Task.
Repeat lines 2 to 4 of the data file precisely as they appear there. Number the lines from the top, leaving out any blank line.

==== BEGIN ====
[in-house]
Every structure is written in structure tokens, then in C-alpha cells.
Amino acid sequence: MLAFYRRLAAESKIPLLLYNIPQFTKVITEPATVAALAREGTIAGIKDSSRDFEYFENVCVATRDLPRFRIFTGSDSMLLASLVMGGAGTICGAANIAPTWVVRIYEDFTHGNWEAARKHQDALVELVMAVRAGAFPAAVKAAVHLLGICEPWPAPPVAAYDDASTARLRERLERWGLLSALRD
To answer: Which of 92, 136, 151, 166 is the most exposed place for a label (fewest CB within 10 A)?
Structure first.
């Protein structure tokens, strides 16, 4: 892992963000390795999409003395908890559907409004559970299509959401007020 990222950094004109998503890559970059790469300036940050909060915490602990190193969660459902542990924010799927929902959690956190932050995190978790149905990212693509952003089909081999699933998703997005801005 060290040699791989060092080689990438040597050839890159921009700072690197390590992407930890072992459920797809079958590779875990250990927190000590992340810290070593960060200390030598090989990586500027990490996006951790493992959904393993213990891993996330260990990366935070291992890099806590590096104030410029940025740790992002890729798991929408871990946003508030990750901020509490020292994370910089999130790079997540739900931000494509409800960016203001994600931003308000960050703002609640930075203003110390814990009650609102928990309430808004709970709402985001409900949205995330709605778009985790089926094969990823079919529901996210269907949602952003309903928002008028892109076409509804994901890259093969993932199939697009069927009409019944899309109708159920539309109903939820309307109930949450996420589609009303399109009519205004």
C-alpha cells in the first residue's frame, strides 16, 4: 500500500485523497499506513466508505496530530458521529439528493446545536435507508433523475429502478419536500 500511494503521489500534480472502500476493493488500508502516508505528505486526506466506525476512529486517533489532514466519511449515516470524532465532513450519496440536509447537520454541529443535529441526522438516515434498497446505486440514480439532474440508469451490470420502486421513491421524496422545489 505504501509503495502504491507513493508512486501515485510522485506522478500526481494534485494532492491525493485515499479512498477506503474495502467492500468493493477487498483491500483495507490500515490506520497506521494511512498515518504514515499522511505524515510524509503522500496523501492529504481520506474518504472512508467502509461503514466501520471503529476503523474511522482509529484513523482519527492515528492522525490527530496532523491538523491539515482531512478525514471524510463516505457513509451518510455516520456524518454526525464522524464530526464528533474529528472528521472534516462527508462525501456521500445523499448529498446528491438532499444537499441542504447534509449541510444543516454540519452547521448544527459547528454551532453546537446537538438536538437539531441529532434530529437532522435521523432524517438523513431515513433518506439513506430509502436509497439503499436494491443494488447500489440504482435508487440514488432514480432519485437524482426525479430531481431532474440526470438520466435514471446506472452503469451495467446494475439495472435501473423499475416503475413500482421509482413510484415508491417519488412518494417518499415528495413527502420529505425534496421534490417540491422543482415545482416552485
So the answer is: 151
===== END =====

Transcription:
Every structure is written in structure tokens, then in C-alpha cells.
Amino acid sequence: MLAFYRRLAAESKIPLLLYNIPQFTKVITEPATVAALAREGTIAGIKDSSRDFEYFENVCVATRDLPRFRIFTGSDSMLLASLVMGGAGTICGAANIAPTWVVRIYEDFTHGNWEAARKHQDALVELVMAVRAGAFPAAVKAAVHLLGICEPWPAPPVAAYDDASTARLRERLERWGLLSALRD
To answer: Which of 92, 136, 151, 166 is the most exposed place for a label (fewest CB within 10 A)?